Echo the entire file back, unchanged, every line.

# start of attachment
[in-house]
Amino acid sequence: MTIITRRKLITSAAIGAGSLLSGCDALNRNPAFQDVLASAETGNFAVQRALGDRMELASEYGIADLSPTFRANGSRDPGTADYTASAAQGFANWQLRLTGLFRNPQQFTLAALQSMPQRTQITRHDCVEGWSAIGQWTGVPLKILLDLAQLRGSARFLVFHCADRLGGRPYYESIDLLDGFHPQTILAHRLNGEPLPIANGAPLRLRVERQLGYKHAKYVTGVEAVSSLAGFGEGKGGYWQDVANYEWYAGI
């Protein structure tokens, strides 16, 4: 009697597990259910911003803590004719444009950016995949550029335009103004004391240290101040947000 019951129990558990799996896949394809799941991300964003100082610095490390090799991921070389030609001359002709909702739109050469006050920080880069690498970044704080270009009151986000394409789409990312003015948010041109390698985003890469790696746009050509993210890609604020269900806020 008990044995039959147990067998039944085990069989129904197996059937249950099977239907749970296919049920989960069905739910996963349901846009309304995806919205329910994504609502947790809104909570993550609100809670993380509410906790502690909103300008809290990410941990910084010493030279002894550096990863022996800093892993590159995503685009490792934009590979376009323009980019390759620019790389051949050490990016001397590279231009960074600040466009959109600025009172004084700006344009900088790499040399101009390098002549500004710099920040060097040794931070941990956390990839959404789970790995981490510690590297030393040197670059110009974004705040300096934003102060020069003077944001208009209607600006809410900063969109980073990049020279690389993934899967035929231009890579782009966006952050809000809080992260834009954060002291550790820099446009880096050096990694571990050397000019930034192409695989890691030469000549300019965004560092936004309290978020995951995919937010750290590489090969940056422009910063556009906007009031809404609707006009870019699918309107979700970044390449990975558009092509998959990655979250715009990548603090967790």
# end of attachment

[in-house]
Amino acid sequence: MTIITRRKLITSAAIGAGSLLSGCDALNRNPAFQDVLASAETGNFAVQRALGDRMELASEYGIADLSPTFRANGSRDPGTADYTASAAQGFANWQLRLTGLFRNPQQFTLAALQSMPQRTQITRHDCVEGWSAIGQWTGVPLKILLDLAQLRGSARFLVFHCADRLGGRPYYESIDLLDGFHPQTILAHRLNGEPLPIANGAPLRLRVERQLGYKHAKYVTGVEAVSSLAGFGEGKGGYWQDVANYEWYAGI
């Protein structure tokens, strides 16, 4: 009697597990259910911003803590004719444009950016995949550029335009103004004391240290101040947000 019951129990558990799996896949394809799941991300964003100082610095490390090799991921070389030609001359002709909702739109050469006050920080880069690498970044704080270009009151986000394409789409990312003015948010041109390698985003890469790696746009050509993210890609604020269900806020 008990044995039959147990067998039944085990069989129904197996059937249950099977239907749970296919049920989960069905739910996963349901846009309304995806919205329910994504609502947790809104909570993550609100809670993380509410906790502690909103300008809290990410941990910084010493030279002894550096990863022996800093892993590159995503685009490792934009590979376009323009980019390759620019790389051949050490990016001397590279231009960074600040466009959109600025009172004084700006344009900088790499040399101009390098002549500004710099920040060097040794931070941990956390990839959404789970790995981490510690590297030393040197670059110009974004705040300096934003102060020069003077944001208009209607600006809410900063969109980073990049020279690389993934899967035929231009890579782009966006952050809000809080992260834009954060002291550790820099446009880096050096990694571990050397000019930034192409695989890691030469000549300019965004560092936004309290978020995951995919937010750290590489090969940056422009910063556009906007009031809404609707006009870019699918309107979700970044390449990975558009092509998959990655979250715009990548603090967790």